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Meguru wandered off into a corner and returned with several trowels. “I started off with this,” he said, referring to the small one. Then he held up a large industrial-looking one. “But now I use this. It takes two people.” He was referring to his paint streaks, which are made by starting off with large puddles of paint and, in a single swoop, spread across a protective film that lay strewn across the studio. Once the paint dries, Meguru painstakingly removes all the parts, small and large, that do not contain paint. This can takes several days but once complete it is then sealed with a coat of resin. The resulting piece – an almost violent swipe of color – can be installed on walls and building facades. In fact, a similar piece was installed on the façade of the Japanese-owned East Village bike shop Chari & Co. last year.

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Urban Landscapes

Landscapes – a historically classical subject in art – is important for Meguru. Some of his most daring and exciting aspirations have to do with the urban landscape of New York. “I would love to be able to paint an entire building facade,” he says, with a child-like naivete. And yet his sincerity may very well pay off. Amongst potential upcoming projects is a mural on the side of a building in Harlem, as well as a collaboration with the fashion label Rag & Bone to display his work on their walls. But public art also means throwing yourself into a sometimes-merciless pack of critics and vandals. When a previous piece was in the Lower East Side was damaged Meguru attempted to return to the site to restore it. But instead of blaming others he carries the burden himself. “If the artwork is powerful enough, no one will mess with it.”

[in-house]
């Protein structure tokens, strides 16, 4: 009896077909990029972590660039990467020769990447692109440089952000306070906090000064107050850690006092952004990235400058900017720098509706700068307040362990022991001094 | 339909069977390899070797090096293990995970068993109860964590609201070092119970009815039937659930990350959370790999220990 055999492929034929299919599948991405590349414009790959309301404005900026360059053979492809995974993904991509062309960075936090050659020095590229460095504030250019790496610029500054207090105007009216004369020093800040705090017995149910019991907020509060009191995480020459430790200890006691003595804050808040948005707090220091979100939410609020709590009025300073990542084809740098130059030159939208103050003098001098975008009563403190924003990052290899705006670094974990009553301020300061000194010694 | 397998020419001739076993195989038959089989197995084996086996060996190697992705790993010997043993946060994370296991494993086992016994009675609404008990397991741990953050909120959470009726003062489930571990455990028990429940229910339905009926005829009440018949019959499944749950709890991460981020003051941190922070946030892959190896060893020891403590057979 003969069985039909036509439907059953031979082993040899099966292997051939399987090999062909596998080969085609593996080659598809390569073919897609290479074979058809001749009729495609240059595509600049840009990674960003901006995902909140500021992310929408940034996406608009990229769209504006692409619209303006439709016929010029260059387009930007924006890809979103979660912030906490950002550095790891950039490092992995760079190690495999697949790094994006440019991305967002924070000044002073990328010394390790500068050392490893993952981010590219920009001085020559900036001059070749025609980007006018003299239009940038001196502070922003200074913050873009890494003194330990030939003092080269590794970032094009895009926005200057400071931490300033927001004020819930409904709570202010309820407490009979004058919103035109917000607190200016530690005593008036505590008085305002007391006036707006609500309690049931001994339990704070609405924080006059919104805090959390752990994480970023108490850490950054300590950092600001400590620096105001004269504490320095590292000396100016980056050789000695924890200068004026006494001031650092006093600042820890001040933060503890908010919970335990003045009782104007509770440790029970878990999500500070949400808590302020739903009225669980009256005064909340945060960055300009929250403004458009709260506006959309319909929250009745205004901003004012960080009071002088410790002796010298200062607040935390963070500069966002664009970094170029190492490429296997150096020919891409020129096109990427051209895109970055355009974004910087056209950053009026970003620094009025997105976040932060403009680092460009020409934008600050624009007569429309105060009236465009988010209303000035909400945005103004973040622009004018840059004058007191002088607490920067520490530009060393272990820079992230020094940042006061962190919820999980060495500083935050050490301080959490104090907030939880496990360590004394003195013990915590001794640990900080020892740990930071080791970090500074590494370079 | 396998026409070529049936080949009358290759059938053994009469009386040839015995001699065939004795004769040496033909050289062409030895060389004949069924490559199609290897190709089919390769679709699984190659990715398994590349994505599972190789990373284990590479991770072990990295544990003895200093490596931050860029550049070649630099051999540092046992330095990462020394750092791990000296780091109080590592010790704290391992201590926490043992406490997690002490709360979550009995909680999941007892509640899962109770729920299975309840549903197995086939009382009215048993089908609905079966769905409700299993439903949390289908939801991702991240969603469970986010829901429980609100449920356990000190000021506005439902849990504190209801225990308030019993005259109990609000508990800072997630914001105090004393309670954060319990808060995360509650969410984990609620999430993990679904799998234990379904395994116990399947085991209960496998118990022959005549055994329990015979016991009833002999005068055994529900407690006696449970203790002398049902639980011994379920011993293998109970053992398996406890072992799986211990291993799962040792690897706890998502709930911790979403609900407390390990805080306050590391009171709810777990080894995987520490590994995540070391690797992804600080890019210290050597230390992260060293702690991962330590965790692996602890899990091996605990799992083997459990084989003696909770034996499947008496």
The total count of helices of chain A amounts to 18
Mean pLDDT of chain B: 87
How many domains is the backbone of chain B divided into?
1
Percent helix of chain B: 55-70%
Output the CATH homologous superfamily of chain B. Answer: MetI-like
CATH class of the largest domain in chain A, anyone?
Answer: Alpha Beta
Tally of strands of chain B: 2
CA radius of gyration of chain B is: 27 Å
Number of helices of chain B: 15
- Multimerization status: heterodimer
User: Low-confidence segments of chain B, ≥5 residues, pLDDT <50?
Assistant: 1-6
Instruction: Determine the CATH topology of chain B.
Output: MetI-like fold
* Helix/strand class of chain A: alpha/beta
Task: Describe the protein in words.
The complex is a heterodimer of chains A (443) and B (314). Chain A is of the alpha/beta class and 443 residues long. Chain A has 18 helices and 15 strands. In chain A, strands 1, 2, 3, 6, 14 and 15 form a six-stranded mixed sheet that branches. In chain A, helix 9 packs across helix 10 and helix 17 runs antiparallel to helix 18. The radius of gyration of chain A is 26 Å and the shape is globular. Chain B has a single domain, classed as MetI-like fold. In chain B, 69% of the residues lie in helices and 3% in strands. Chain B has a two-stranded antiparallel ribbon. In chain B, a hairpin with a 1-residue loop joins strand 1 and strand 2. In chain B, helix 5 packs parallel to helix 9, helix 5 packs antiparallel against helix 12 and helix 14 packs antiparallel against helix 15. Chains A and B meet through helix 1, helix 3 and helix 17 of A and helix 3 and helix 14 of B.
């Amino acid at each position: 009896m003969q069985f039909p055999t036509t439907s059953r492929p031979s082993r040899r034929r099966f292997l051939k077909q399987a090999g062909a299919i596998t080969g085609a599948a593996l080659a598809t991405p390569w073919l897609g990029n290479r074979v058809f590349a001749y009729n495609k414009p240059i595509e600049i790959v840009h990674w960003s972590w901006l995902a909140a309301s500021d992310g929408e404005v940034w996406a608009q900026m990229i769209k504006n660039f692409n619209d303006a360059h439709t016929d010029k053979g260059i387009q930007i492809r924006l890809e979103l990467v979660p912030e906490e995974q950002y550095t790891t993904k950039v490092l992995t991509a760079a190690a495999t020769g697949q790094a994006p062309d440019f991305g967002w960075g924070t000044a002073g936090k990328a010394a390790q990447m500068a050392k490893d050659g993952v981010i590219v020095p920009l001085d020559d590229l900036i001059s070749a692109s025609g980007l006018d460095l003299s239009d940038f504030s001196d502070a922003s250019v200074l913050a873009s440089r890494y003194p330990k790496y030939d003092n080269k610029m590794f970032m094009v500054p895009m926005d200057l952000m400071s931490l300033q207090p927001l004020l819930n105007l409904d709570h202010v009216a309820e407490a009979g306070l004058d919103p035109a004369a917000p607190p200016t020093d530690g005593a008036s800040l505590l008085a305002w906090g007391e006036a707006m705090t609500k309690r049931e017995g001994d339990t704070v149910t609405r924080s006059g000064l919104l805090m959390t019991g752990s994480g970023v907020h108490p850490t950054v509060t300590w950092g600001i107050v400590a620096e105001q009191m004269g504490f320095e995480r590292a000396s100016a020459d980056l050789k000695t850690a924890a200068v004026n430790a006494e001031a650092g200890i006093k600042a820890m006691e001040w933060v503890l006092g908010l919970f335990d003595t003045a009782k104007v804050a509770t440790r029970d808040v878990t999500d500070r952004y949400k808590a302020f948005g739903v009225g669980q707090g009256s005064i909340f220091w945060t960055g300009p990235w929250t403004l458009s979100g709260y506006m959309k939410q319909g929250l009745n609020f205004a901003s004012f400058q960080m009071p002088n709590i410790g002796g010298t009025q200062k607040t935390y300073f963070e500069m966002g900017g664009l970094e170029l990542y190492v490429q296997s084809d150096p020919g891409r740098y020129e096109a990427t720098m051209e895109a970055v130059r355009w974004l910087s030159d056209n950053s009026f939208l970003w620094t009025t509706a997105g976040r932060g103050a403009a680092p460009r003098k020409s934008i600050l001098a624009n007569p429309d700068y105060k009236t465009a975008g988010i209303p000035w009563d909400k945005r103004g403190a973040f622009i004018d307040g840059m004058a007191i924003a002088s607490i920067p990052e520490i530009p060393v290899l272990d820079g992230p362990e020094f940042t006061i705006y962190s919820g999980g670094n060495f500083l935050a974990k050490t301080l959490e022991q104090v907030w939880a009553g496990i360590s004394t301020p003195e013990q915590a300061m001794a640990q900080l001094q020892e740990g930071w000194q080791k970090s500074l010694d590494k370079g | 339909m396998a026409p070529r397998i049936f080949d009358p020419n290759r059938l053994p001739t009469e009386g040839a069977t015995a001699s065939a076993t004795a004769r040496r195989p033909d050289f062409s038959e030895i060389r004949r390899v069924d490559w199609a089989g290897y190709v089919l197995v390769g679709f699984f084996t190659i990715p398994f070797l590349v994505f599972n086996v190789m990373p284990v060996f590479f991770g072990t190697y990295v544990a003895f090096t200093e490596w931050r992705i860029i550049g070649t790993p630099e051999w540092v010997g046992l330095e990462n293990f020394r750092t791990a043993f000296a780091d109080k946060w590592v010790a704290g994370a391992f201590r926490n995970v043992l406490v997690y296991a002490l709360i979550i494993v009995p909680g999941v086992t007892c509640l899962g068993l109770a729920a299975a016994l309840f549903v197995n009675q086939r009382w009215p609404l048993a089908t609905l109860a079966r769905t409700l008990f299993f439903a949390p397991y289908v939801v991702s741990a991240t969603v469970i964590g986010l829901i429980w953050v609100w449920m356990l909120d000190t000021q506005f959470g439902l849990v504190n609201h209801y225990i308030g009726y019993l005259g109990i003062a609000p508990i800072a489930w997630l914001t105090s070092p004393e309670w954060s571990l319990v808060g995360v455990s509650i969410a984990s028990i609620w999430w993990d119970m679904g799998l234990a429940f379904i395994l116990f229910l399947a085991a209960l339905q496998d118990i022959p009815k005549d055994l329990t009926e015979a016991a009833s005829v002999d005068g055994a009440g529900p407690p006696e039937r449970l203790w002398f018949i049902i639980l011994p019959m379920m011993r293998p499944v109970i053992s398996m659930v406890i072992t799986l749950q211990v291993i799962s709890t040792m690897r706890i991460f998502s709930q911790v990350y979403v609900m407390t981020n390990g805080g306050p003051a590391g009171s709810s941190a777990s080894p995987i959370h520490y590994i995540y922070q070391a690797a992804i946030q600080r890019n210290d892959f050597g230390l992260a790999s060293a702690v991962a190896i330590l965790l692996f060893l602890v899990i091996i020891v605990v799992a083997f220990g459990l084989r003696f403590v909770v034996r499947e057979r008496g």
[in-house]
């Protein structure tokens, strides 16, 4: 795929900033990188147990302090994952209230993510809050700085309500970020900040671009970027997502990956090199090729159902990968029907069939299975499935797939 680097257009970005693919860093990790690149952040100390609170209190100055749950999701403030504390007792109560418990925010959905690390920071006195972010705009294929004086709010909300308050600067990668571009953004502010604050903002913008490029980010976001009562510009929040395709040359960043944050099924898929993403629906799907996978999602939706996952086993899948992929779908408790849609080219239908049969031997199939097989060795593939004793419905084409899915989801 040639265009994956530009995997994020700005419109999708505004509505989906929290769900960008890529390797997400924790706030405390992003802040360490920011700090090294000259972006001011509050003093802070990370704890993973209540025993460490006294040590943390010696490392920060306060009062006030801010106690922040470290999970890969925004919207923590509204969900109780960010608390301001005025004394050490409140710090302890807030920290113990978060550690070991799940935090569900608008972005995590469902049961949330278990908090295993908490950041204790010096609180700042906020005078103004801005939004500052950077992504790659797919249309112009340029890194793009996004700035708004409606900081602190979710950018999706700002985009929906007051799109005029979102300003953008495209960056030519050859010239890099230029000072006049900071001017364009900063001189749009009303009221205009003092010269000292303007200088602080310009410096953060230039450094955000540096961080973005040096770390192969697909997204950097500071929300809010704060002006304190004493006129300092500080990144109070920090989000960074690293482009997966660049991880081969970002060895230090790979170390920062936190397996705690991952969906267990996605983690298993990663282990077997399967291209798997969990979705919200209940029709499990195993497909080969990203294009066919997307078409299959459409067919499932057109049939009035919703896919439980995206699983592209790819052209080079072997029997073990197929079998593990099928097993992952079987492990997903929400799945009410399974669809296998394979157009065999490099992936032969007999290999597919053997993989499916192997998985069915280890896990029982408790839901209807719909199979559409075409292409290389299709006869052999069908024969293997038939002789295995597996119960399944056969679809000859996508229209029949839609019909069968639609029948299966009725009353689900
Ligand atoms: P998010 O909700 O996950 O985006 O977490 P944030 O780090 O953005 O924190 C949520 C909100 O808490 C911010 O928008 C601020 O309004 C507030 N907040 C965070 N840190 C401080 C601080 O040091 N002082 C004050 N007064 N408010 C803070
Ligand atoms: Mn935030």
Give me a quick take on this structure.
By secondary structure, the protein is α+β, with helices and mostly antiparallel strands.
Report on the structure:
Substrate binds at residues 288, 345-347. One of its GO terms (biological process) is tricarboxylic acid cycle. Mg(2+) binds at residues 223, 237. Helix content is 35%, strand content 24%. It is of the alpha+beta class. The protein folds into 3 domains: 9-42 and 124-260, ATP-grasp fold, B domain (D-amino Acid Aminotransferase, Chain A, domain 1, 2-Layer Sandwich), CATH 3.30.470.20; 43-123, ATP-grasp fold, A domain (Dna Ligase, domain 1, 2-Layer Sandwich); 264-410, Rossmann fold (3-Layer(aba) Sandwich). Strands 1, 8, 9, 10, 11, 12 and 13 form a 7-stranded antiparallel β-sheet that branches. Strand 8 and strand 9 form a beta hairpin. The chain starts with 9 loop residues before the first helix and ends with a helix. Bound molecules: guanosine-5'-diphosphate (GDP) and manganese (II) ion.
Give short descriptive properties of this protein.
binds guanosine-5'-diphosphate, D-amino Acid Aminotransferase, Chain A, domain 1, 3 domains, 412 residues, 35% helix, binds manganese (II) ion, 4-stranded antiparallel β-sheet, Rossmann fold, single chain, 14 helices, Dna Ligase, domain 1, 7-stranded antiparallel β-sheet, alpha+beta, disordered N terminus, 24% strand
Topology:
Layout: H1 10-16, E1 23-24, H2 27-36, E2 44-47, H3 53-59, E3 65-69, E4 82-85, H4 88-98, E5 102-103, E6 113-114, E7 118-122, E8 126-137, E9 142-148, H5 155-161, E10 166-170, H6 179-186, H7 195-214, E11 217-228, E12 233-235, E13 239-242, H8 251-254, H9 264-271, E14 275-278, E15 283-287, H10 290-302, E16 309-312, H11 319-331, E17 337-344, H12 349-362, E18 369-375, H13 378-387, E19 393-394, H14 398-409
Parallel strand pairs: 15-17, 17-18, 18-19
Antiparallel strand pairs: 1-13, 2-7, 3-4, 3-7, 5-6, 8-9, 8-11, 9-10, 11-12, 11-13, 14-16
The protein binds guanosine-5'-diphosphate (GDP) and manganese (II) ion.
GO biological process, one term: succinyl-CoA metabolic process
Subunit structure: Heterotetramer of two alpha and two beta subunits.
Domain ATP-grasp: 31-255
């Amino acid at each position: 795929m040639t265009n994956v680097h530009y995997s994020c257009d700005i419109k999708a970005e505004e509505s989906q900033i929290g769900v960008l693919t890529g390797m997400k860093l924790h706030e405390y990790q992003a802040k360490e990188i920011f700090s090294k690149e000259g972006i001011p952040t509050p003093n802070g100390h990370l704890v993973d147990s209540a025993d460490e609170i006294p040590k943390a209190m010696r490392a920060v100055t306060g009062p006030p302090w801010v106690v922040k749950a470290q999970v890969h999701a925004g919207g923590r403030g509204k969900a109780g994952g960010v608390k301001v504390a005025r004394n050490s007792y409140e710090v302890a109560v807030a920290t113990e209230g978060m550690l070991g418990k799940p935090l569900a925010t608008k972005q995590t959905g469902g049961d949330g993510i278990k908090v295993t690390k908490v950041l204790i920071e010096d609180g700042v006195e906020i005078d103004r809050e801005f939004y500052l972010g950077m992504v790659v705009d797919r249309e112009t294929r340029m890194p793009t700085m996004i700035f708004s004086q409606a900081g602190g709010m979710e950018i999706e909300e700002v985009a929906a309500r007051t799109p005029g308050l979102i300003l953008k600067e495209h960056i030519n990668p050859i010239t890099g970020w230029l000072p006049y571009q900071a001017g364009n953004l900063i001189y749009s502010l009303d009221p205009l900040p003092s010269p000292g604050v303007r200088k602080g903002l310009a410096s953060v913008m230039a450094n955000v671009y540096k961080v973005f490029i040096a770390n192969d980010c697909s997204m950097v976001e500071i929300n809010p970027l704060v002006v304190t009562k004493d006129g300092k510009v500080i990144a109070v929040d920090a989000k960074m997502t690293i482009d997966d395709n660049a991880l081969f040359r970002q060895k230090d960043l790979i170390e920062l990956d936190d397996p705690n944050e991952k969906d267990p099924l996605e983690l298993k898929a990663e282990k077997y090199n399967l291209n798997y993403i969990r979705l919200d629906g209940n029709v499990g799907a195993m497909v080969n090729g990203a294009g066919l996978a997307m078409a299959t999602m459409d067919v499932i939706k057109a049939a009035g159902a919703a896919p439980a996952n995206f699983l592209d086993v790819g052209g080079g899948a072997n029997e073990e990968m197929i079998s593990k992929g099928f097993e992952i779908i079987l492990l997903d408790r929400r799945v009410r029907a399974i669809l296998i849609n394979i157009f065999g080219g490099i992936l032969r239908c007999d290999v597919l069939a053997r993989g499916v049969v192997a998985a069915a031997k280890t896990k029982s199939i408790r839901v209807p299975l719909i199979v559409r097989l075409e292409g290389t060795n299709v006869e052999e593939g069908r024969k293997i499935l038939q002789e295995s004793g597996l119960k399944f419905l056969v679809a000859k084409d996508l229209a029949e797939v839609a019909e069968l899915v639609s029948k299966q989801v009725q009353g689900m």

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The questionnaire:

As usual, Huey (7) had a few questions for Meguru.

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Giveaway

Meguru was kind enough to offer a piece of his art to a lucky reader. To qualify all you have to do is leave a comment below and 1 person will be selected at random. Don’t worry, we’ll cover postage anywhere in the world! You have till April 1, 2014 to enter.

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(Special thanks to Kaori and Masako for making this visit possible. For all our previous studio visits, click here)

35 Comments

  1. Wow, anything you can imagine is real!

  2. Awesome! Great article!

  3. Wow, Jojo ( I mean, Johnny-san!) this one was super omoshiroi yo! Always so informative and inspiring. Great Japanese peeps art work, go Meguru san!!

  4. Great artist and studio profile… inspiring.

  5. Pick me! Pick me! Pick me!